Head to Head:
Vasilis Asimakopoulos and Christian Falsnaes

Castlefield Gallery’s annual Head to Head sees Vasilis Asimakopoulos and Christian Falsnaes go head to head to explore ideas of the nature of participation and social rituals. Both are radically different in their approach with Vasilis inviting the viewer to share in a gig performance, whilst Christian is more interested in the performance’s creation and the viewers participation rather than the performance itself.

Asimakopoulos begins the conversation by exploring the sub culture of heavy metal and its rituals and codes that are akin to primitive cultures, in which dress and performance unites a certain group. For this exhibition he has transformed Castlefield into a concert like space using his film Norweigian Concrete that features the heavy metal drummer Thomas Vallely, who plays along via headphones to De Mysteriis Dom Sathanas (1994) an album by Norwegian black metal band Mayhem, within a stone quarry. Accompanying this are Asimakopoulos’ sculptures of marble resin denim jackets that are constructed to hold beer bottles, completing the feel of a gig atmosphere. In the upstairs of the gallery a resin of a mosh pit hangs on the wall, juxtaposing the fragility of the material against the brutal quality of a mosh pit. The genre itself achieves self-identification within association of being a part of a group and in its destructive nature is also able to create something at the same time in a ruin and rebirth analogy. This is echoed in his material choice of resin and marble dust, a nod to the Greek ancient sculpture whilst also making a more abstract link to the landscape of salt pits and stone quarries that feature within the film, with Castlefield’s concrete and white space reflecting this aesthetic making the location ideal to display the work.

 

Falsnaes takes a different approach to performance in his work First in which the first visitor for that day is faced with creating the exhibition content. It developed from Falsnaes’ interest into exhibition format and an exploration into how to make exhibitions relevant for viewers. The first visitor is guided through a script to produce a film that is played for subsequent visitors before being deleted at the end of the day, thus it is very much connected to a particular day’s situations. The piece therefore allows development and has a natural organic structure as it is very much about the persons individual reactions rather than the performance itself; creating an intimate relationship between art and viewer by connecting them through a shared sense of experience, due to the nature of the work.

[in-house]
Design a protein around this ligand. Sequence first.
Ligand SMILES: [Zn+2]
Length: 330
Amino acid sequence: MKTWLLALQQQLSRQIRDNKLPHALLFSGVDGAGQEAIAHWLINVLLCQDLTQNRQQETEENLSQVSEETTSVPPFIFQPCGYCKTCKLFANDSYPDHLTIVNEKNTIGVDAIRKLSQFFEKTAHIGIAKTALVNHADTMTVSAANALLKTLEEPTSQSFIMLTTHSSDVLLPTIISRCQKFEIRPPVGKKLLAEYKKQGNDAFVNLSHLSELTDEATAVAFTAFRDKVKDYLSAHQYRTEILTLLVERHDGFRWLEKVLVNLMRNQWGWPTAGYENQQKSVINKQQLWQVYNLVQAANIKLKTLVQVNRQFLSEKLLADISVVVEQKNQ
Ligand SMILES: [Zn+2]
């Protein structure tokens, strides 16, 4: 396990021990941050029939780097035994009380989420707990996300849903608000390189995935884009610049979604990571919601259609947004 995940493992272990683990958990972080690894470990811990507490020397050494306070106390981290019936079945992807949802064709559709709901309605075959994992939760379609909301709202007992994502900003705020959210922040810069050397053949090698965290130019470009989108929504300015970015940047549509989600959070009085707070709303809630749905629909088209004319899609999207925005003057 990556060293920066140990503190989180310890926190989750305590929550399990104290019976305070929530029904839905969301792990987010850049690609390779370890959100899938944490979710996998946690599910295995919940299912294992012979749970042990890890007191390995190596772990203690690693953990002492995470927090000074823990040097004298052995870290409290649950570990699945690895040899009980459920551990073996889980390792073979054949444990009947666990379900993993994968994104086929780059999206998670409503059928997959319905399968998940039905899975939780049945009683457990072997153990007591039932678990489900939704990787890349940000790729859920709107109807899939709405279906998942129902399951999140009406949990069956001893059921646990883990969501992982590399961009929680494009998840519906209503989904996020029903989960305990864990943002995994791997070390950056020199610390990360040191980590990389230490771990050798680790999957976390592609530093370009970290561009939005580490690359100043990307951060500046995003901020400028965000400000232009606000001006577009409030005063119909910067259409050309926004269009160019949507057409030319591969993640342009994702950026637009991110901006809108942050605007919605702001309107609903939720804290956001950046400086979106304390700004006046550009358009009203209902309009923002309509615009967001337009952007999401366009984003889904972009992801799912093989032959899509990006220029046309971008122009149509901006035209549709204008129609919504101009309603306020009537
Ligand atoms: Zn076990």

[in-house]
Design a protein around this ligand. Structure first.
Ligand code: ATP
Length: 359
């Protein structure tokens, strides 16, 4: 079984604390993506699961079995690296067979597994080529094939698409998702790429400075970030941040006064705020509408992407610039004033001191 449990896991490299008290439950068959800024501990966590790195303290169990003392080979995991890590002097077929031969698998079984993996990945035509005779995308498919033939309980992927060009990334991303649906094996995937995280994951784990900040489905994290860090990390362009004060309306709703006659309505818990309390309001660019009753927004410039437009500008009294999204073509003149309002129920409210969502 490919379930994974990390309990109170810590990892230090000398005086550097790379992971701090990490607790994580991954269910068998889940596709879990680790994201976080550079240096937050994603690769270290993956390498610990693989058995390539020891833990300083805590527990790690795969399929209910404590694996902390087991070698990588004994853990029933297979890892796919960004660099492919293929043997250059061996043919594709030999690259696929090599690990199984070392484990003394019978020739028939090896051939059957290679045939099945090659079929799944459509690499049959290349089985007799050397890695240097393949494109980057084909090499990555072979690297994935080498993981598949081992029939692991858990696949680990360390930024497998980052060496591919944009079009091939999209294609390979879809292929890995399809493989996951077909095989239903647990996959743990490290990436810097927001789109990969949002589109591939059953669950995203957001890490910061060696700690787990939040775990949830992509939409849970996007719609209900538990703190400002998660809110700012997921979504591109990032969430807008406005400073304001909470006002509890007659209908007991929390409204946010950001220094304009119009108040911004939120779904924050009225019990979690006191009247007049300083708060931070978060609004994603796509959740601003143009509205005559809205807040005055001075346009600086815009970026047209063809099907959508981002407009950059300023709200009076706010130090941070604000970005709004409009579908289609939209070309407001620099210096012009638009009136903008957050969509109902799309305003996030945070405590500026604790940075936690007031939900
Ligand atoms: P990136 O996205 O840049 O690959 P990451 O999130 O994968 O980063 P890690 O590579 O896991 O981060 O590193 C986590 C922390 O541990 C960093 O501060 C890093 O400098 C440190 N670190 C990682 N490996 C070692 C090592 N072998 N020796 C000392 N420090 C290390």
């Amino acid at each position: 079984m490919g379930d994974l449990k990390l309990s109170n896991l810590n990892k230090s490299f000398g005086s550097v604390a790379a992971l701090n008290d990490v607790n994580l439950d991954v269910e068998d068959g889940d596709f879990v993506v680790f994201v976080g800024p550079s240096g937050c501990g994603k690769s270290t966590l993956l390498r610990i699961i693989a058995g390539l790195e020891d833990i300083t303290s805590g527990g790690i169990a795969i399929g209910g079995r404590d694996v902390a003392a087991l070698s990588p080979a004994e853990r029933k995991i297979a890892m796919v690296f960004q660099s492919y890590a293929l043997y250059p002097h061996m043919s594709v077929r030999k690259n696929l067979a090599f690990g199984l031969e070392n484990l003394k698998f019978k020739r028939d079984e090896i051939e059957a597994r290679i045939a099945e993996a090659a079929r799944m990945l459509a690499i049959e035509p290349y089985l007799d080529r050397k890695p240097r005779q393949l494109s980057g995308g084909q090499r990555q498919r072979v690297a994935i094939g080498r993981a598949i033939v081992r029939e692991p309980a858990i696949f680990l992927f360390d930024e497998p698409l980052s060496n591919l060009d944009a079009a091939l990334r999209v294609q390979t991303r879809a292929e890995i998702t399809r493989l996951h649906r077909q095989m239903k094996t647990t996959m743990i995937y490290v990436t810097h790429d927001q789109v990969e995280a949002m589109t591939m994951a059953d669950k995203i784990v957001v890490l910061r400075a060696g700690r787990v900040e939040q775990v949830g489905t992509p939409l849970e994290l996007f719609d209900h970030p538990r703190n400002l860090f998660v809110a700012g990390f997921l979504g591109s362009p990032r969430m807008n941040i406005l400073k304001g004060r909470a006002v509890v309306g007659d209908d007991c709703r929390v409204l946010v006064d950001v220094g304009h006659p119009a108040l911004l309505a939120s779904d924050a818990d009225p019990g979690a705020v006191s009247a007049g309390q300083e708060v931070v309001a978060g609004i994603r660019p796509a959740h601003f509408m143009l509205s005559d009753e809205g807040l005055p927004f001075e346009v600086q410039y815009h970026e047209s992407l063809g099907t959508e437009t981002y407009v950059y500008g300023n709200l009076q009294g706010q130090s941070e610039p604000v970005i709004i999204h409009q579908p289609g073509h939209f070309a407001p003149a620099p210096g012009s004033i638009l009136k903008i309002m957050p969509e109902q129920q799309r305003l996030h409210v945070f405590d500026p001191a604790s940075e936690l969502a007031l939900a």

It is this sense of a shared experience both artists seek to create, with Asimakopoulos allowing the viewer a shared experience of a heavy metal gig and allowing them to be part of this group for a time. Falsnaes meanwhile rather than a shared group experience focuses on the individual and how through them we have a collective experience, influenced by us identifying with the chosen person and their situation. What is also interesting about the combined exhibitions is both artists explore the idea of societal codes, with one looking at the unwritten rituals within the heavy metal culture; whilst the other focuses on the codes of a gallery and how art is delivered to an audience, revealing the structures that are often hidden from the audience. It is how the artists reveal these structures and codes that makes the exhibitions so interesting and how it brings together two artists that seem visually different but the context to their work forms an interesting conversation into the psychology of an audience and their participation.

Claire Walker is a writer based in Wigan.

Images courtesy of Castlefield Gallery.

Head to Head: Vasilis Asimakopoulos and Christian Falsnaes, Castlefield Gallery, Manchester.

2 September 2016 — 6 November 2016.